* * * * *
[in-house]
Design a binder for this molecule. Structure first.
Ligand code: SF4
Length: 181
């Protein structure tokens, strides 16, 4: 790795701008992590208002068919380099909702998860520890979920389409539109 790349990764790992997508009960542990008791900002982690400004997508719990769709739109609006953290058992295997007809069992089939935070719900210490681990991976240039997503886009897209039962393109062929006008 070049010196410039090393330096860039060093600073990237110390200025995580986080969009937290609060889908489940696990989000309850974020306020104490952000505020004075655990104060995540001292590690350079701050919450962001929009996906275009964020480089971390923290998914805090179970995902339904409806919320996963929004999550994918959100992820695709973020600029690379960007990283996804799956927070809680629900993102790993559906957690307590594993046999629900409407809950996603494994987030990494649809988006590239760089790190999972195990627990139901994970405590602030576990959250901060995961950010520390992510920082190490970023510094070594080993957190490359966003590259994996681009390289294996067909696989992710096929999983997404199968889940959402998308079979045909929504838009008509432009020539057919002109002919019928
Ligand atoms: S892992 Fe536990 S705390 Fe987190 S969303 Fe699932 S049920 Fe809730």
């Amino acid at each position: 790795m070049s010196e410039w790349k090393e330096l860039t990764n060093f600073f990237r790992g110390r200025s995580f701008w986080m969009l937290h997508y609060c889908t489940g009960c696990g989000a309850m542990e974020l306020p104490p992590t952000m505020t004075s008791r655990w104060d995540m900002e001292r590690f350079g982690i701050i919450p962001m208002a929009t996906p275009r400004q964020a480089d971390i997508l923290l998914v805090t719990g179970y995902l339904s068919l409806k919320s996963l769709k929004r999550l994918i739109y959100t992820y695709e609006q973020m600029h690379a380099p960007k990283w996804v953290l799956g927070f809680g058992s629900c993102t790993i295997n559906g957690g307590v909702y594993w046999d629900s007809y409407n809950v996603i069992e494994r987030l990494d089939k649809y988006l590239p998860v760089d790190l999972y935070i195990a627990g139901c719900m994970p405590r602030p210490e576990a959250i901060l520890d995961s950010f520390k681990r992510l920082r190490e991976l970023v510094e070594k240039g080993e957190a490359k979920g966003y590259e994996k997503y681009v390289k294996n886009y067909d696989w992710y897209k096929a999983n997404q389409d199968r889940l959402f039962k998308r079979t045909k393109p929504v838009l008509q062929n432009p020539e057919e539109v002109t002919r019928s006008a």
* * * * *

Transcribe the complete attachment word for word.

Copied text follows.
[in-house]
Design a binder for this molecule. Structure first.
Ligand code: SF4
Length: 181
């Protein structure tokens, strides 16, 4: 790795701008992590208002068919380099909702998860520890979920389409539109 790349990764790992997508009960542990008791900002982690400004997508719990769709739109609006953290058992295997007809069992089939935070719900210490681990991976240039997503886009897209039962393109062929006008 070049010196410039090393330096860039060093600073990237110390200025995580986080969009937290609060889908489940696990989000309850974020306020104490952000505020004075655990104060995540001292590690350079701050919450962001929009996906275009964020480089971390923290998914805090179970995902339904409806919320996963929004999550994918959100992820695709973020600029690379960007990283996804799956927070809680629900993102790993559906957690307590594993046999629900409407809950996603494994987030990494649809988006590239760089790190999972195990627990139901994970405590602030576990959250901060995961950010520390992510920082190490970023510094070594080993957190490359966003590259994996681009390289294996067909696989992710096929999983997404199968889940959402998308079979045909929504838009008509432009020539057919002109002919019928
Ligand atoms: S892992 Fe536990 S705390 Fe987190 S969303 Fe699932 S049920 Fe809730």
């Amino acid at each position: 790795m070049s010196e410039w790349k090393e330096l860039t990764n060093f600073f990237r790992g110390r200025s995580f701008w986080m969009l937290h997508y609060c889908t489940g009960c696990g989000a309850m542990e974020l306020p104490p992590t952000m505020t004075s008791r655990w104060d995540m900002e001292r590690f350079g982690i701050i919450p962001m208002a929009t996906p275009r400004q964020a480089d971390i997508l923290l998914v805090t719990g179970y995902l339904s068919l409806k919320s996963l769709k929004r999550l994918i739109y959100t992820y695709e609006q973020m600029h690379a380099p960007k990283w996804v953290l799956g927070f809680g058992s629900c993102t790993i295997n559906g957690g307590v909702y594993w046999d629900s007809y409407n809950v996603i069992e494994r987030l990494d089939k649809y988006l590239p998860v760089d790190l999972y935070i195990a627990g139901c719900m994970p405590r602030p210490e576990a959250i901060l520890d995961s950010f520390k681990r992510l920082r190490e991976l970023v510094e070594k240039g080993e957190a490359k979920g966003y590259e994996k997503y681009v390289k294996n886009y067909d696989w992710y897209k096929a999983n997404q389409d199968r889940l959402f039962k998308r079979t045909k393109p929504v838009l008509q062929n432009p020539e057919e539109v002109t002919r019928s006008a």